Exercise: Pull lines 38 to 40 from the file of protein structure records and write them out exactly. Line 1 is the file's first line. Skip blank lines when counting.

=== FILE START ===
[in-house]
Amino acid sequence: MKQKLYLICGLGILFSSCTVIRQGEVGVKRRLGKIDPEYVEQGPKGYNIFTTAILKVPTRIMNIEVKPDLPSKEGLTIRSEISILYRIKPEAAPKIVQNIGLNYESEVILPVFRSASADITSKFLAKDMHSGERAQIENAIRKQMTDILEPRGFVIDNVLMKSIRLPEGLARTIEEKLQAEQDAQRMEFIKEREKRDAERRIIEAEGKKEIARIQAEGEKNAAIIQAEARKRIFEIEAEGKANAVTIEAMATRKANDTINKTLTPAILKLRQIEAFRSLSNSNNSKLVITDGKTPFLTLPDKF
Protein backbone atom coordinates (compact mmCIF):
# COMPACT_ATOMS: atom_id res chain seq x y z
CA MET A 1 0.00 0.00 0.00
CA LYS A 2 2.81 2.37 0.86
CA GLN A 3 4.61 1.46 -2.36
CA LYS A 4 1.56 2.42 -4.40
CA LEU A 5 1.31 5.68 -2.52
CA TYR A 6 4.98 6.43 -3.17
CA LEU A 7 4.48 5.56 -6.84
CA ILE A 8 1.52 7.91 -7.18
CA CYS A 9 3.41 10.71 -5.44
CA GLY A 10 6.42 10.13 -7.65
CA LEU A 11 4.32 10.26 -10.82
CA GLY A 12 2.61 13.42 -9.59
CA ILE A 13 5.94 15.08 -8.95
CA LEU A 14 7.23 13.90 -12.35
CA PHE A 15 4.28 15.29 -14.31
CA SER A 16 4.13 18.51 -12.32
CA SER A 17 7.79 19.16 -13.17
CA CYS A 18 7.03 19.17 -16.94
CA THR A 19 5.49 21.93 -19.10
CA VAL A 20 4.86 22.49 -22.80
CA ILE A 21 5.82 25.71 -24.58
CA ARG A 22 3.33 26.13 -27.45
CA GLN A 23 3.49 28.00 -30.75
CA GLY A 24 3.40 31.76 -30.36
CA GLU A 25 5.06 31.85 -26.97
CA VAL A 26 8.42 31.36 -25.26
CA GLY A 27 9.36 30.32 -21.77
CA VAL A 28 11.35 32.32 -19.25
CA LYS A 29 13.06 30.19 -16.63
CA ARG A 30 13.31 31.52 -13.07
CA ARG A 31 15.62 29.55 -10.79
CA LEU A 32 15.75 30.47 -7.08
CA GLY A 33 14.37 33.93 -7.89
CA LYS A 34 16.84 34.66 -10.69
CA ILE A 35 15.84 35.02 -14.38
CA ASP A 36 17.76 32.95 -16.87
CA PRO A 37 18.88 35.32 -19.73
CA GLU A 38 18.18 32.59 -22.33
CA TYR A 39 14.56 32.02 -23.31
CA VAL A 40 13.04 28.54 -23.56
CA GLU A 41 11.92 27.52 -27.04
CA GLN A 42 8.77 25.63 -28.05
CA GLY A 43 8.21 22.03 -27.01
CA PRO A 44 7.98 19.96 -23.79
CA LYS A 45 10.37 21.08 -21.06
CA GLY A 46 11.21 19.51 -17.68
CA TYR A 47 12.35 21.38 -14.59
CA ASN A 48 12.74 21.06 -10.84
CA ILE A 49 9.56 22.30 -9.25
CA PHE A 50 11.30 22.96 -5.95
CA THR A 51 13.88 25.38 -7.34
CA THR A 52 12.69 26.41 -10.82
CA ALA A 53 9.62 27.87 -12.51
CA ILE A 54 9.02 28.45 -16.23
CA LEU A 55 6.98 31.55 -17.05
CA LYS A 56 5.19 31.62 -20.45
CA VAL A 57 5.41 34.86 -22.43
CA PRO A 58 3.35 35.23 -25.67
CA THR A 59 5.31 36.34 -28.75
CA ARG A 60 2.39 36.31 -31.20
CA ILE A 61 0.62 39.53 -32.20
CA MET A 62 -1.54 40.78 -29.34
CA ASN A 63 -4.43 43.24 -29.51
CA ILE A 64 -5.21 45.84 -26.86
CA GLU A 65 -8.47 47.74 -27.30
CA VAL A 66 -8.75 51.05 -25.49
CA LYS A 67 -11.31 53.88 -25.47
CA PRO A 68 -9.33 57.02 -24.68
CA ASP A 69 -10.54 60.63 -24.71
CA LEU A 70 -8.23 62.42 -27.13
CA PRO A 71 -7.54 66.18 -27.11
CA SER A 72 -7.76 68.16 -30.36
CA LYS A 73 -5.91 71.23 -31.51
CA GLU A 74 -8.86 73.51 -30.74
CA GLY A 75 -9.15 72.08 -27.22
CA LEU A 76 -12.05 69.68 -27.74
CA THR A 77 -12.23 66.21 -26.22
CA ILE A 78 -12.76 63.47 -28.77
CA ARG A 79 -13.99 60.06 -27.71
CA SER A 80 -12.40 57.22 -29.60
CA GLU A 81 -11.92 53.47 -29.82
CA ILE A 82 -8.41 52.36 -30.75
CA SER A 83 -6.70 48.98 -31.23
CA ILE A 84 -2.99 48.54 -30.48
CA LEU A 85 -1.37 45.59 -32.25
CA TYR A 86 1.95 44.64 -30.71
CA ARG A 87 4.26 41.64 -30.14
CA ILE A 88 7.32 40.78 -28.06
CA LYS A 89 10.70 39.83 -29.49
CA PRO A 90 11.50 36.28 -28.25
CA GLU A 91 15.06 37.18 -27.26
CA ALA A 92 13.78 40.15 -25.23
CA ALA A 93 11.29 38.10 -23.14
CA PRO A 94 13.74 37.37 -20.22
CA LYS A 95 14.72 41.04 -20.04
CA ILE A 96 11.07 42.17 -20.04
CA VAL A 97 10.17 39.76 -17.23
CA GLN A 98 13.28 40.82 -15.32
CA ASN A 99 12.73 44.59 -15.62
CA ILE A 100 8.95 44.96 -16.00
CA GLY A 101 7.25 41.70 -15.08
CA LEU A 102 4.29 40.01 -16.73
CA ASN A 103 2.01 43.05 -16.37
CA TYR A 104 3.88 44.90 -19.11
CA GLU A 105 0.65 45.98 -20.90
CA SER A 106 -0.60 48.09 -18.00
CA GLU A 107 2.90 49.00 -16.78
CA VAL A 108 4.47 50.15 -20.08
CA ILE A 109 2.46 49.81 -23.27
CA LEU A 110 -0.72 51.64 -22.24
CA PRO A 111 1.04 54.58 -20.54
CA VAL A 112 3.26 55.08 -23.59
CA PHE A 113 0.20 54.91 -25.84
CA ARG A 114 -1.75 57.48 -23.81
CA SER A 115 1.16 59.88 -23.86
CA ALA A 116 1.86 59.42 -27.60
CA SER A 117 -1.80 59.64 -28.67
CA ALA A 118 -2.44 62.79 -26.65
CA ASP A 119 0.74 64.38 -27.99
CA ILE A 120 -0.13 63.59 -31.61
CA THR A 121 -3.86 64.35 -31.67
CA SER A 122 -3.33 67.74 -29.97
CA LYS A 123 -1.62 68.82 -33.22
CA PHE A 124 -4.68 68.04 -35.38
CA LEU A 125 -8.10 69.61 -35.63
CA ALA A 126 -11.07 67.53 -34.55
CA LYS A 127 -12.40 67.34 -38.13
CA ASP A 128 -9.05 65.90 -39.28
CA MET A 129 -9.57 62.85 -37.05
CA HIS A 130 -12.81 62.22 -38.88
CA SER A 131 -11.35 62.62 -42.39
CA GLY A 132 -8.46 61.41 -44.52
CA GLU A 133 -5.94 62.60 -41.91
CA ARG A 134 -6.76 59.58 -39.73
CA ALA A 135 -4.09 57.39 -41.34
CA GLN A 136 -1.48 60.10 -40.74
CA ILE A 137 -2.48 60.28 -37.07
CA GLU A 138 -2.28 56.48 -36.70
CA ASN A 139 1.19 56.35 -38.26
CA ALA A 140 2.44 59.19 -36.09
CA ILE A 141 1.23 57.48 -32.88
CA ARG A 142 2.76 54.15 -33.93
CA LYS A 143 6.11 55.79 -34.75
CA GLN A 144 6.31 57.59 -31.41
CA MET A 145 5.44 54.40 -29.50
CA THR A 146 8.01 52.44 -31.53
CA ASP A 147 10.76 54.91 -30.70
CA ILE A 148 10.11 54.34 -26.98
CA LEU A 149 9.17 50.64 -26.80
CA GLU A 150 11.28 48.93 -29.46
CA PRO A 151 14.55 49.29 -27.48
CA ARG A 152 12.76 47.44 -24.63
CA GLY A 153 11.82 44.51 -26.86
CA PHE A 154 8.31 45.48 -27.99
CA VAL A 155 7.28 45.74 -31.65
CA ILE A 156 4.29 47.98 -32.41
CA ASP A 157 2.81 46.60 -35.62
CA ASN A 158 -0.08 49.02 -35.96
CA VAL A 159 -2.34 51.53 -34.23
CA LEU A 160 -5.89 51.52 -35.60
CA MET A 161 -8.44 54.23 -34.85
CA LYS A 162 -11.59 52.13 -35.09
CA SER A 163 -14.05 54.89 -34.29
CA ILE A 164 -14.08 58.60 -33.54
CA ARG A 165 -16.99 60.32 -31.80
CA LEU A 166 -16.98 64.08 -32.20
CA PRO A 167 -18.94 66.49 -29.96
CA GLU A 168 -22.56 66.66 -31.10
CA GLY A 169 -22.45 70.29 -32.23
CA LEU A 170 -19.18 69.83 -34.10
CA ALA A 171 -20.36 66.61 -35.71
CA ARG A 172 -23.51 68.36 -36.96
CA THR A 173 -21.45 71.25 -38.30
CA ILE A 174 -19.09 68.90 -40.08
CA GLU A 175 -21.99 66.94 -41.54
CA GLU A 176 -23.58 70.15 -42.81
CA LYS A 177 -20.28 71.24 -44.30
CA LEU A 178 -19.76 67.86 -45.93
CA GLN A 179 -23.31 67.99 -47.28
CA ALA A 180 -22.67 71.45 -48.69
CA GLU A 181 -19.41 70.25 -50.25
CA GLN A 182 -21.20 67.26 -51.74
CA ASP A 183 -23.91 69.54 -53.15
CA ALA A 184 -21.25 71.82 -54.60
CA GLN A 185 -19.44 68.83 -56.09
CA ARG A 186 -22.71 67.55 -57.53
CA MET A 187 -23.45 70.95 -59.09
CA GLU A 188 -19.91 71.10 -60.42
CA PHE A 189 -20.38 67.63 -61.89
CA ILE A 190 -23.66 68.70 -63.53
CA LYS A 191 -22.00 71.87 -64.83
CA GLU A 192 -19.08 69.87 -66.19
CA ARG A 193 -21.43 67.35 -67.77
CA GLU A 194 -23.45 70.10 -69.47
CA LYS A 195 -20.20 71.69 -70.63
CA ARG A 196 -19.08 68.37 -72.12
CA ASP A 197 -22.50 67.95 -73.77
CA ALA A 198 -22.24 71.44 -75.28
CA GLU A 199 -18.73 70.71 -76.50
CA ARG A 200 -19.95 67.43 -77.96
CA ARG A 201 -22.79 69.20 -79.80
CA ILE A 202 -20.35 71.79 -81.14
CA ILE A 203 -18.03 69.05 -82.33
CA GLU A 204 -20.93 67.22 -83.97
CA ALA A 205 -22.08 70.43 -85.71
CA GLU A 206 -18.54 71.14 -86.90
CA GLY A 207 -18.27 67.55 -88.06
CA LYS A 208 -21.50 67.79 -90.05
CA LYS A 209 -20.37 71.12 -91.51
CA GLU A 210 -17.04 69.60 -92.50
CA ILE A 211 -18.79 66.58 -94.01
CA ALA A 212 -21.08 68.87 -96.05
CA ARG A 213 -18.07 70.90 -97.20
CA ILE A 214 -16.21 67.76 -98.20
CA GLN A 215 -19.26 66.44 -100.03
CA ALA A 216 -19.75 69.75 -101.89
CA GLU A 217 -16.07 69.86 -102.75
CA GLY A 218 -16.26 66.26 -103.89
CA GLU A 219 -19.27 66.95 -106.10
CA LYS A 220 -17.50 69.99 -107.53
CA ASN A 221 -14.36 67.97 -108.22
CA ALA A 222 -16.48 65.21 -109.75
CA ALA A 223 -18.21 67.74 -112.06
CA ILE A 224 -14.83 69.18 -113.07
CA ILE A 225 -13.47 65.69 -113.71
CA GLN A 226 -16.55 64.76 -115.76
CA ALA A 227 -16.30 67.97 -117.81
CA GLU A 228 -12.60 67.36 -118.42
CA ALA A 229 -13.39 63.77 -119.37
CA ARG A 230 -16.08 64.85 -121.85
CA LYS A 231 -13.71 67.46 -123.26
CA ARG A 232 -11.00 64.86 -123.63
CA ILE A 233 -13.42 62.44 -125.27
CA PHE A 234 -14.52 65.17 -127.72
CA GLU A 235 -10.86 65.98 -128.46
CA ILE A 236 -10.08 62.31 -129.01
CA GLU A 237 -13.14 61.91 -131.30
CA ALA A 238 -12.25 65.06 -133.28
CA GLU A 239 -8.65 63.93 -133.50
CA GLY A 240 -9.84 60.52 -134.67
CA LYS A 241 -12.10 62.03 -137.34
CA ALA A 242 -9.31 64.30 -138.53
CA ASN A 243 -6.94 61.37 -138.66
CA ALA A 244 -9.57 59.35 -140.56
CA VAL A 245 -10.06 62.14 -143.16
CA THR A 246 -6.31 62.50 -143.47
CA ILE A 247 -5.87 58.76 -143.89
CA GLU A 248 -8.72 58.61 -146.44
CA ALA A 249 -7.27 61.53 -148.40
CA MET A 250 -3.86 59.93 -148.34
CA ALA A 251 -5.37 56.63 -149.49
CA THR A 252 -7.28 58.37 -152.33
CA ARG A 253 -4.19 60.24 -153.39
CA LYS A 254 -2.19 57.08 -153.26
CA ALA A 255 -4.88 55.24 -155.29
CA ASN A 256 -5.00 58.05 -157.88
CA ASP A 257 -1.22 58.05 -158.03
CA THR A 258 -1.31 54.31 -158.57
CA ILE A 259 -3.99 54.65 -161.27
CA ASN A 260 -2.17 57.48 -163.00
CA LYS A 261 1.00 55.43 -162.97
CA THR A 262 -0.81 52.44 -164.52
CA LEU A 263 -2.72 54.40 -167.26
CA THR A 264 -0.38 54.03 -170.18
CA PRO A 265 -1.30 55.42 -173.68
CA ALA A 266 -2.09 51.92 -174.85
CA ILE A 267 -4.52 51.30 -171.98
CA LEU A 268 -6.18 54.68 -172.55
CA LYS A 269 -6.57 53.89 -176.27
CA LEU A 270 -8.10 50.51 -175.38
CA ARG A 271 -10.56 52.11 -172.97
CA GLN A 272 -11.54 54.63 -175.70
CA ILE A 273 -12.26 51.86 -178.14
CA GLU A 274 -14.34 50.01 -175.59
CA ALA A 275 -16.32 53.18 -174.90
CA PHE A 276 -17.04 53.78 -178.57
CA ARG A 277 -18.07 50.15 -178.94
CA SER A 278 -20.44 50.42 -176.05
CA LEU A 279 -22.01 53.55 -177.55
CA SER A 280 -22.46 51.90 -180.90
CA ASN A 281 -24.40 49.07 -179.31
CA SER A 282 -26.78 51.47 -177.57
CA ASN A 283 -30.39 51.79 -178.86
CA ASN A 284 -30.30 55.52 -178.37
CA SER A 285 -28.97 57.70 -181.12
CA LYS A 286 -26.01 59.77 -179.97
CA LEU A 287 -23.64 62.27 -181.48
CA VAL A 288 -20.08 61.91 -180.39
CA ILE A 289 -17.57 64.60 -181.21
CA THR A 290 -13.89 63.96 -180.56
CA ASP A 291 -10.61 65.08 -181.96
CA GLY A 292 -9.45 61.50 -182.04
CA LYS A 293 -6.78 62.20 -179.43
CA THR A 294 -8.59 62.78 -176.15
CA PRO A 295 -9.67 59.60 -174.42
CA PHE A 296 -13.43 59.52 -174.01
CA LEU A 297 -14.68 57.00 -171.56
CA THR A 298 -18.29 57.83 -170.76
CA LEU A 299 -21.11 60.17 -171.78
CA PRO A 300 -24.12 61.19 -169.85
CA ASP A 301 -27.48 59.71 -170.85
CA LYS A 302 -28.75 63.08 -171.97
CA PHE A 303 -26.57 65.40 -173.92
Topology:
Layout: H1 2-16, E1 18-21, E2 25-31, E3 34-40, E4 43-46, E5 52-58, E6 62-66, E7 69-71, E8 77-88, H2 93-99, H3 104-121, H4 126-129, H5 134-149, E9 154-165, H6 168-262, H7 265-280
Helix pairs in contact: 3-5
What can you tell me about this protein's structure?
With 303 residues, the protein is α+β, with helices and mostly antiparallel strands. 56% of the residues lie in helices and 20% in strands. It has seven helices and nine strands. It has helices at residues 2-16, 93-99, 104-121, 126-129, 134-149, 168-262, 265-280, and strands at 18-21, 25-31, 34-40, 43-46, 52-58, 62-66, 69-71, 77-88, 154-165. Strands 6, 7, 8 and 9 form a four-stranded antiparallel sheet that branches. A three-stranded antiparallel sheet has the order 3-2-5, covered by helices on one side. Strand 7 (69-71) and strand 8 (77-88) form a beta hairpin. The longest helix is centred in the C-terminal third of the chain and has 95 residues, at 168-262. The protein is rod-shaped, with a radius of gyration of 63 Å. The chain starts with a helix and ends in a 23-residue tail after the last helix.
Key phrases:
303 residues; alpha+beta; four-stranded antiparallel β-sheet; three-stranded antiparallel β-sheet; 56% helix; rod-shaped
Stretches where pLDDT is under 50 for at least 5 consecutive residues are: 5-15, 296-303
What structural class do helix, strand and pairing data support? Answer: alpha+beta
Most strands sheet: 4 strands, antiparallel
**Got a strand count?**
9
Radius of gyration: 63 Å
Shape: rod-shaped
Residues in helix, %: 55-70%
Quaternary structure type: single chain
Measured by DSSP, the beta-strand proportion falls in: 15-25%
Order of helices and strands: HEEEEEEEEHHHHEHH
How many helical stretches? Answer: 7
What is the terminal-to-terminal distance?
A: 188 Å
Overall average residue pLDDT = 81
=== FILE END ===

CA LYS A 34 16.84 34.66 -10.69
CA ILE A 35 15.84 35.02 -14.38
CA ASP A 36 17.76 32.95 -16.87